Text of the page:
a long-defunct burger joint.
However, back then, coerced by his aunt to join the family
outing, he'd winked at Jess to torment her—no different
than tormenting his cousin. Now, he probably got his
jollies by keeping the rude city girl off-balance.
The trick was not to let him know how well it worked.
He strolled to the back door and let in his dog.
"Hi, girl," Jess said when Sheba nosed past her. The German
shepherd's tail wagged, and her brown eyes glittered.
"She likes you."
Sheba's winking master sounded surprised. Score one for
Rude City Girl. How gratifying to up-end him for once.
Jess tore a bit of warm pancake from the stack on the
platter and fed the piece to the dog. Sheba gobbled the
tidbit, then woofed softly. Jess rewarded her with another
chunk of pancake.
"Of course she likes me." She wiped her hands on a tea
towel, then flipped the remaining pancakes on the
stove. "When I was a kid, I had a German shepherd who could
have been her twin. She loved pancakes, too."
Adam gazed at her with a new light in his eyes. Respect or
bafflement? Hard to tell.
"What did you call her?"
He flashed a devastating grin. "Great minds."
Jess smiled back at him before she could stop herself.
Something subtle had changed between them. Because they
liked the same breed of dog?
Whatever, she'd take it over the unease stretching between
She closed the cupboards while he settled Sheba in the
mudroom with a bowl of fresh water and a promise for an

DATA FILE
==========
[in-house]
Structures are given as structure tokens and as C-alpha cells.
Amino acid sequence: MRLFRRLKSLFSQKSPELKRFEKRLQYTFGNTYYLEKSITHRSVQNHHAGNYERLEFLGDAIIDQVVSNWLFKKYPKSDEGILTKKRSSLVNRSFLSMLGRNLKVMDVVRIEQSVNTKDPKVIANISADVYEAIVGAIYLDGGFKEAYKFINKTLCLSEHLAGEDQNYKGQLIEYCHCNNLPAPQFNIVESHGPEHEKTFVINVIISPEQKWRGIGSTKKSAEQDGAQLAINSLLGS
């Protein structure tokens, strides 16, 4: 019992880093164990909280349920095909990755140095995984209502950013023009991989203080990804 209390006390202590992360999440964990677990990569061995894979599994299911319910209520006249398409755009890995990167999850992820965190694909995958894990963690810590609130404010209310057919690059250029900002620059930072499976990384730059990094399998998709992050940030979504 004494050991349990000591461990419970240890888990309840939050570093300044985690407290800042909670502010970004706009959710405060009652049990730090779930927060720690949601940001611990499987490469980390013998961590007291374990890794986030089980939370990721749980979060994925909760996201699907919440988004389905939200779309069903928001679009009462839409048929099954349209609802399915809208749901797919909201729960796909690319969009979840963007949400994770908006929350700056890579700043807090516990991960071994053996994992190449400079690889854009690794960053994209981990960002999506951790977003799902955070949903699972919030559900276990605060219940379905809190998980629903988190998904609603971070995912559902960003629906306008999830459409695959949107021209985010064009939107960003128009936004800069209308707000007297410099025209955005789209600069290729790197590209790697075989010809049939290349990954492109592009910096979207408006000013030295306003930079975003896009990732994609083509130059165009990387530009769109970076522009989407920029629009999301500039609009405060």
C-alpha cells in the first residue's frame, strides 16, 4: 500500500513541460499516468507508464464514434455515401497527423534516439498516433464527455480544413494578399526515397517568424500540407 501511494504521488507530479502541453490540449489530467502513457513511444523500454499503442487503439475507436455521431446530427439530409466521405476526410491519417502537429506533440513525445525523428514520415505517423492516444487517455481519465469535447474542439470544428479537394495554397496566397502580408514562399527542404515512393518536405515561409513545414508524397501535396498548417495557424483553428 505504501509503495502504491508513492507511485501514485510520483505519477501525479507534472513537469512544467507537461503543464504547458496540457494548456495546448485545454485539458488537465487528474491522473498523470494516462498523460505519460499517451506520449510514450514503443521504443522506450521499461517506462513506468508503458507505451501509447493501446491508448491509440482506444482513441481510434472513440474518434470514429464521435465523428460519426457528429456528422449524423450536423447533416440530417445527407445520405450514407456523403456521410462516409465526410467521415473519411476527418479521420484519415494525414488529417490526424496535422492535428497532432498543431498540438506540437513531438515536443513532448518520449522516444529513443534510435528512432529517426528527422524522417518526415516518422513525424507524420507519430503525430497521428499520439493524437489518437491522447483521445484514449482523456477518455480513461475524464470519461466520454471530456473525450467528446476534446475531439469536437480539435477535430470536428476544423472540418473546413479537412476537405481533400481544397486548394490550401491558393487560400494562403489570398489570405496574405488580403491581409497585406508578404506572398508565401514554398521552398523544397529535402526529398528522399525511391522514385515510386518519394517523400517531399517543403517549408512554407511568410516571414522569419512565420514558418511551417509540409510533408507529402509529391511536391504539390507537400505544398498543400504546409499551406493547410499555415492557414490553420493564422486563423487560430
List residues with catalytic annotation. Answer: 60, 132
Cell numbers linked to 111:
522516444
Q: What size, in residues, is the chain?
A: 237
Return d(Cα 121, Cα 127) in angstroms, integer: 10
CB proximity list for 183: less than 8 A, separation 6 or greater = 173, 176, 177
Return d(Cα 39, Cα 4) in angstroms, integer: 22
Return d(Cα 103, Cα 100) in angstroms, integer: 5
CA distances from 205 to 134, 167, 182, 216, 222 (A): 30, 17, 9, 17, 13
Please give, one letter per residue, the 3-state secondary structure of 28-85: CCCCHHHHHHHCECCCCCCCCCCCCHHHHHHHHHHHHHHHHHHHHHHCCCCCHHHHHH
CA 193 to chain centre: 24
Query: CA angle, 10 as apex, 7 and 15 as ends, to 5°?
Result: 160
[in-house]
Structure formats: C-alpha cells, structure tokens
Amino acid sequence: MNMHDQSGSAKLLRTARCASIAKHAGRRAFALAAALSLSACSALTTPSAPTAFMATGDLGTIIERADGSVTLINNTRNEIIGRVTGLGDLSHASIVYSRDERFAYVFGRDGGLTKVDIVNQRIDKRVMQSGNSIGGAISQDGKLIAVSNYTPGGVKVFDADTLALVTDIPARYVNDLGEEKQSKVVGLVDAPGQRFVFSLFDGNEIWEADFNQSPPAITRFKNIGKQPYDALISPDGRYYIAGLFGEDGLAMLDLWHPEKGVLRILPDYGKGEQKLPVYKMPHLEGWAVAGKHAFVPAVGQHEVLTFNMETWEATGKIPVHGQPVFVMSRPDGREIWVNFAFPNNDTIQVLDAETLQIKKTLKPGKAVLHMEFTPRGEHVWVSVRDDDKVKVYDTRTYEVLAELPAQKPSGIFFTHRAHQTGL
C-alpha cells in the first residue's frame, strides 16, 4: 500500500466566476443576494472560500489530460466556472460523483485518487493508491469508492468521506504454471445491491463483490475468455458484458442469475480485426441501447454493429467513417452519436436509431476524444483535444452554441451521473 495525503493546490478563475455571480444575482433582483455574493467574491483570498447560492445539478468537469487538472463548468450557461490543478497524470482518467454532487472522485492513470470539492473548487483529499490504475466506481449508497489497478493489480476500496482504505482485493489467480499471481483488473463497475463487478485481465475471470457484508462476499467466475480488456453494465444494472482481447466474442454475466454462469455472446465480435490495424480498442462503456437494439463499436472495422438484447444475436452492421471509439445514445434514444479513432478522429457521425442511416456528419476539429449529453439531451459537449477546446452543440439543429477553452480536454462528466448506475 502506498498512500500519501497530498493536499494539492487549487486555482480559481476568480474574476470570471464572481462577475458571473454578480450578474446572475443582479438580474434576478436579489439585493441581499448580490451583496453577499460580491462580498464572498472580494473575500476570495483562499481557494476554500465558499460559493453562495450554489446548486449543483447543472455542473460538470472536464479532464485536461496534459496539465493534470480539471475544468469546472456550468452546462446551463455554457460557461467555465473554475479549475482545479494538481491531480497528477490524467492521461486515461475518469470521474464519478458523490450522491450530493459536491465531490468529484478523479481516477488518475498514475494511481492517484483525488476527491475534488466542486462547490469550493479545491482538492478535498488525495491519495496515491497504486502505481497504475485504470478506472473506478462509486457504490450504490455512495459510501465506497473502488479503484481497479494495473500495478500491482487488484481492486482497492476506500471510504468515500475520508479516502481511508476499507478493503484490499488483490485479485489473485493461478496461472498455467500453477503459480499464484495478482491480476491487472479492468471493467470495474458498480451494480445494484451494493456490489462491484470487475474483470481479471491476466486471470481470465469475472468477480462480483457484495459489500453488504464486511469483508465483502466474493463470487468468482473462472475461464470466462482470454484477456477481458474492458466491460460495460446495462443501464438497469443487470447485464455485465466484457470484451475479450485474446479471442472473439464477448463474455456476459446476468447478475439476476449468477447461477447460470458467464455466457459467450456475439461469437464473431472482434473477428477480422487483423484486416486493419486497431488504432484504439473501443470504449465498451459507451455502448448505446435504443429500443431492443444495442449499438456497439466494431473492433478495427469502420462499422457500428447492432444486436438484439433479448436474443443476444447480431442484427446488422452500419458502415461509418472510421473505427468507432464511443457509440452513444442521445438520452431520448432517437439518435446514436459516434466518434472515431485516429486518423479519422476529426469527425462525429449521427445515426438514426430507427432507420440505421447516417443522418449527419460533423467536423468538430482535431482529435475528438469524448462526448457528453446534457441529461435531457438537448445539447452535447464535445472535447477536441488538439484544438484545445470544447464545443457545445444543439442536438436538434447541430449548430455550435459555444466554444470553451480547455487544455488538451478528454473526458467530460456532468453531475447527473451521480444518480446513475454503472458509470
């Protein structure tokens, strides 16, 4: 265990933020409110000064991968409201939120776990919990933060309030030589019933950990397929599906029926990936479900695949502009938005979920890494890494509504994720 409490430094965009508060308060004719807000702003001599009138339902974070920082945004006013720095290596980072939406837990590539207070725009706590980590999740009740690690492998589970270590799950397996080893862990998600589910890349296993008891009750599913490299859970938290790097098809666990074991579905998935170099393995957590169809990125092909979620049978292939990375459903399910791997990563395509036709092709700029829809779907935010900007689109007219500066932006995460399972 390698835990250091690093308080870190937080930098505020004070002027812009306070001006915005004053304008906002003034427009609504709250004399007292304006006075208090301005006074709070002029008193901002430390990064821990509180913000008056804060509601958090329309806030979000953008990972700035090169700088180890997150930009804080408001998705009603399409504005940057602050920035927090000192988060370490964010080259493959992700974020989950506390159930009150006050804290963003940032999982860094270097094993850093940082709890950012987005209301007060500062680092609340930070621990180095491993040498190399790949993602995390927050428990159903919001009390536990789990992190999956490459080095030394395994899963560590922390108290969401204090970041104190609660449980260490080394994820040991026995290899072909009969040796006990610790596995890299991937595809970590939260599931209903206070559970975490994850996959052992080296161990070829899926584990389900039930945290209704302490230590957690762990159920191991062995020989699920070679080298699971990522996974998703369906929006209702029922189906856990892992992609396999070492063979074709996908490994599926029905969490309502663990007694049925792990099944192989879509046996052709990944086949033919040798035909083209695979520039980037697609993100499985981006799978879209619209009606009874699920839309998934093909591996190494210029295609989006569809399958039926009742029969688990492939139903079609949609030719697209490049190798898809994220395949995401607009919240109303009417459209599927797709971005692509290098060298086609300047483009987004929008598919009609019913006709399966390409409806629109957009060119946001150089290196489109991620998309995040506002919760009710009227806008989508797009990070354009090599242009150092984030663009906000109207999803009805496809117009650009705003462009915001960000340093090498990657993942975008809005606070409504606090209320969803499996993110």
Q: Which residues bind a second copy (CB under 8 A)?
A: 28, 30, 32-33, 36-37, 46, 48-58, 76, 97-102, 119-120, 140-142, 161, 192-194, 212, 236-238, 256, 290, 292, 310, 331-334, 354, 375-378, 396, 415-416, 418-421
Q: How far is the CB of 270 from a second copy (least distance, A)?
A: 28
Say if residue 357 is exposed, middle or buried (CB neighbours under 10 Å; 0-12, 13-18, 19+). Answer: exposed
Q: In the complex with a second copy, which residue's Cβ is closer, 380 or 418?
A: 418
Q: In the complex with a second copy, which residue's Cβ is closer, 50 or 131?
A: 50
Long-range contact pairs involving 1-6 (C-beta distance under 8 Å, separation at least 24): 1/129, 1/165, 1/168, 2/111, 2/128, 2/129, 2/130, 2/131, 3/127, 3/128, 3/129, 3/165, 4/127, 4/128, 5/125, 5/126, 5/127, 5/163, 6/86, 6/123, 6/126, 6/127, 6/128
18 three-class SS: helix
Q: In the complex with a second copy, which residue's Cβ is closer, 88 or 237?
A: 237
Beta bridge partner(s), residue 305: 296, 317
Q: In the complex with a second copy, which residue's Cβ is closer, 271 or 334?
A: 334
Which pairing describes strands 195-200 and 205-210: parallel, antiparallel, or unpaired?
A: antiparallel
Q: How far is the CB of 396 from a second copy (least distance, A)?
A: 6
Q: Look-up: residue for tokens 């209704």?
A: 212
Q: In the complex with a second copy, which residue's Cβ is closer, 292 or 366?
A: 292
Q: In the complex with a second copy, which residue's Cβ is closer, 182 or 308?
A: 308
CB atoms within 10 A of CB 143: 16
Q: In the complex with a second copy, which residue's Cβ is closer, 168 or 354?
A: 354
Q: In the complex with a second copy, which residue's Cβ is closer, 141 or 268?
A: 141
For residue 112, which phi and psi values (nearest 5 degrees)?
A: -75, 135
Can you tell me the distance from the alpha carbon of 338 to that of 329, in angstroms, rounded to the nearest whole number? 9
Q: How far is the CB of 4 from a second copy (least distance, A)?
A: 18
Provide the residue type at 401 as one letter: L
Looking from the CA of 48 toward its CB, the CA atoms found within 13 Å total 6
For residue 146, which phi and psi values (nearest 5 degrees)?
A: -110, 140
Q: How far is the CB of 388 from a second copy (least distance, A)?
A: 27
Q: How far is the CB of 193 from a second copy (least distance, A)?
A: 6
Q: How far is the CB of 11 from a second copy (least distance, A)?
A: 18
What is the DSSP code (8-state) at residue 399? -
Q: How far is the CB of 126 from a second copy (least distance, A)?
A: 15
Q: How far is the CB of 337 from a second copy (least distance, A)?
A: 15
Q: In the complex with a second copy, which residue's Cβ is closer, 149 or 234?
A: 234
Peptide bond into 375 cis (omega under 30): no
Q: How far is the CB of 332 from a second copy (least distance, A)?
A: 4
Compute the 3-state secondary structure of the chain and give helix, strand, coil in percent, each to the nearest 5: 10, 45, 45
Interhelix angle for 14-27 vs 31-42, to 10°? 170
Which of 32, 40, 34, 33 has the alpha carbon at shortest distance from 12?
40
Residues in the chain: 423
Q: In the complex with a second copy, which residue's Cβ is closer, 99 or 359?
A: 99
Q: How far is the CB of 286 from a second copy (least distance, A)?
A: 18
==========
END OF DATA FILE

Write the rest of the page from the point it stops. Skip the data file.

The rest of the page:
entire pancake if she didn't bark again.
"By the way," Jess said while he was out of view. "Thanks
again for getting me from the airport so Molly could stay
here with Mom. She liked the toast. You were right, she was
hungry. She loved the flower. I left the glass on her
See? She could do this. Humor the man to placate Molly,
then send him on his way.
He emerged from the mudroom, wiping his hands on his
butt. "It was no big deal."
"Sure it was." Jess stacked pancakes on the platter. "You
said Mom wouldn't mind if you stayed, and you were right
about that, too. She said you knew Pete from some group
that mentors teenagers?"
He nodded. "Destiny Falls Young Achievers."
"Well, I'm sure you could have found a better way to spend
your Friday night. I appreciate everything you've done. I
really do. I'm sorry if I've come off a little, um, rude."
"You haven't been rude."
"I wasn't the height of graciousness when you offered to
"When I wouldn't leave, you mean?"
"Something like that."
"Don't worry about it. I didn't get you from the airport to
score points in the good guy department, Jess. I went
because Molly asked me to and because I respect your mom.
As for staying, that's turning out to my benefit, I think.
It's not every day I have a chance to make pancakes at
midnight. Now I get to share a nice meal with you and a
couple of damn cute purple bunnies."
His smile, slow and incredibly sexy, warmed her from her
soon-to-frizz curls down to her rabbit-eared toes. "You're
okay, Adam Wright, you know that?"
"How about you taste my pancakes and then you can judge my
She smiled back. Darn it, but it was difficult not to.